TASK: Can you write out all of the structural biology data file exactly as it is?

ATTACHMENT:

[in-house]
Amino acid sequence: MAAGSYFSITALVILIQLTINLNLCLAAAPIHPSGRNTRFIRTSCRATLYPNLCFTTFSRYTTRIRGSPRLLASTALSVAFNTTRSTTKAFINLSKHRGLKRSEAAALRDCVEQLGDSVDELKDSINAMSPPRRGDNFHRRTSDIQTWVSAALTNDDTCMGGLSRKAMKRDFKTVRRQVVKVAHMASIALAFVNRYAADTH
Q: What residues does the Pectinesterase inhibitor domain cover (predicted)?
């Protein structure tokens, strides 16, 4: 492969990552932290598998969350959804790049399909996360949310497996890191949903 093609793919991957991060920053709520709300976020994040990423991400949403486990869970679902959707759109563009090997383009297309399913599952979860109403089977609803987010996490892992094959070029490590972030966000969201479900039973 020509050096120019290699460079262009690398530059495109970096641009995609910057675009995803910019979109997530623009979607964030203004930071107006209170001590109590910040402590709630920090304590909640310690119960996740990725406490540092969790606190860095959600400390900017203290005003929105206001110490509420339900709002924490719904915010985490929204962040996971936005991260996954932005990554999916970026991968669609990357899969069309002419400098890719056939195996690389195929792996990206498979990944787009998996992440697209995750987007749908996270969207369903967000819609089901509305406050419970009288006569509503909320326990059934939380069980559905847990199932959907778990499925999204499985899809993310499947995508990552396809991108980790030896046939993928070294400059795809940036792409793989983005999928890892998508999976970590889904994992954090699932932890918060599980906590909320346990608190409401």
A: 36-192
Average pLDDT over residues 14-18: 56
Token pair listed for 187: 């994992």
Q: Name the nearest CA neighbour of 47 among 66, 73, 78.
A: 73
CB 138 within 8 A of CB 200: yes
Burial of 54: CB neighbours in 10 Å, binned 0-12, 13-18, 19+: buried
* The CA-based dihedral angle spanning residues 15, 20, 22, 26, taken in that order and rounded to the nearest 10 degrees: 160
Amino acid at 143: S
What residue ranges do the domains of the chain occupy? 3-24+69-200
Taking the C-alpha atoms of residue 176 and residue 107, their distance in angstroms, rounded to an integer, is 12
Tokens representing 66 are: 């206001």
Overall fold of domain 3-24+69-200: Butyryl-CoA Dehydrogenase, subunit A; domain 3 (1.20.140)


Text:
[in-house]
Amino acid sequence: MAAGSYFSITALVILIQLTINLNLCLAAAPIHPSGRNTRFIRTSCRATLYPNLCFTTFSRYTTRIRGSPRLLASTALSVAFNTTRSTTKAFINLSKHRGLKRSEAAALRDCVEQLGDSVDELKDSINAMSPPRRGDNFHRRTSDIQTWVSAALTNDDTCMGGLSRKAMKRDFKTVRRQVVKVAHMASIALAFVNRYAADTH
Q: What residues does the Pectinesterase inhibitor domain cover (predicted)?
């Protein structure tokens, strides 16, 4: 492969990552932290598998969350959804790049399909996360949310497996890191949903 093609793919991957991060920053709520709300976020994040990423991400949403486990869970679902959707759109563009090997383009297309399913599952979860109403089977609803987010996490892992094959070029490590972030966000969201479900039973 020509050096120019290699460079262009690398530059495109970096641009995609910057675009995803910019979109997530623009979607964030203004930071107006209170001590109590910040402590709630920090304590909640310690119960996740990725406490540092969790606190860095959600400390900017203290005003929105206001110490509420339900709002924490719904915010985490929204962040996971936005991260996954932005990554999916970026991968669609990357899969069309002419400098890719056939195996690389195929792996990206498979990944787009998996992440697209995750987007749908996270969207369903967000819609089901509305406050419970009288006569509503909320326990059934939380069980559905847990199932959907778990499925999204499985899809993310499947995508990552396809991108980790030896046939993928070294400059795809940036792409793989983005999928890892998508999976970590889904994992954090699932932890918060599980906590909320346990608190409401």
A: 36-192
Average pLDDT over residues 14-18: 56
Token pair listed for 187: 């994992």
Q: Name the nearest CA neighbour of 47 among 66, 73, 78.
A: 73
CB 138 within 8 A of CB 200: yes
Burial of 54: CB neighbours in 10 Å, binned 0-12, 13-18, 19+: buried
* The CA-based dihedral angle spanning residues 15, 20, 22, 26, taken in that order and rounded to the nearest 10 degrees: 160
Amino acid at 143: S
What residue ranges do the domains of the chain occupy? 3-24+69-200
Taking the C-alpha atoms of residue 176 and residue 107, their distance in angstroms, rounded to an integer, is 12
Tokens representing 66 are: 């206001």
Overall fold of domain 3-24+69-200: Butyryl-CoA Dehydrogenase, subunit A; domain 3 (1.20.140)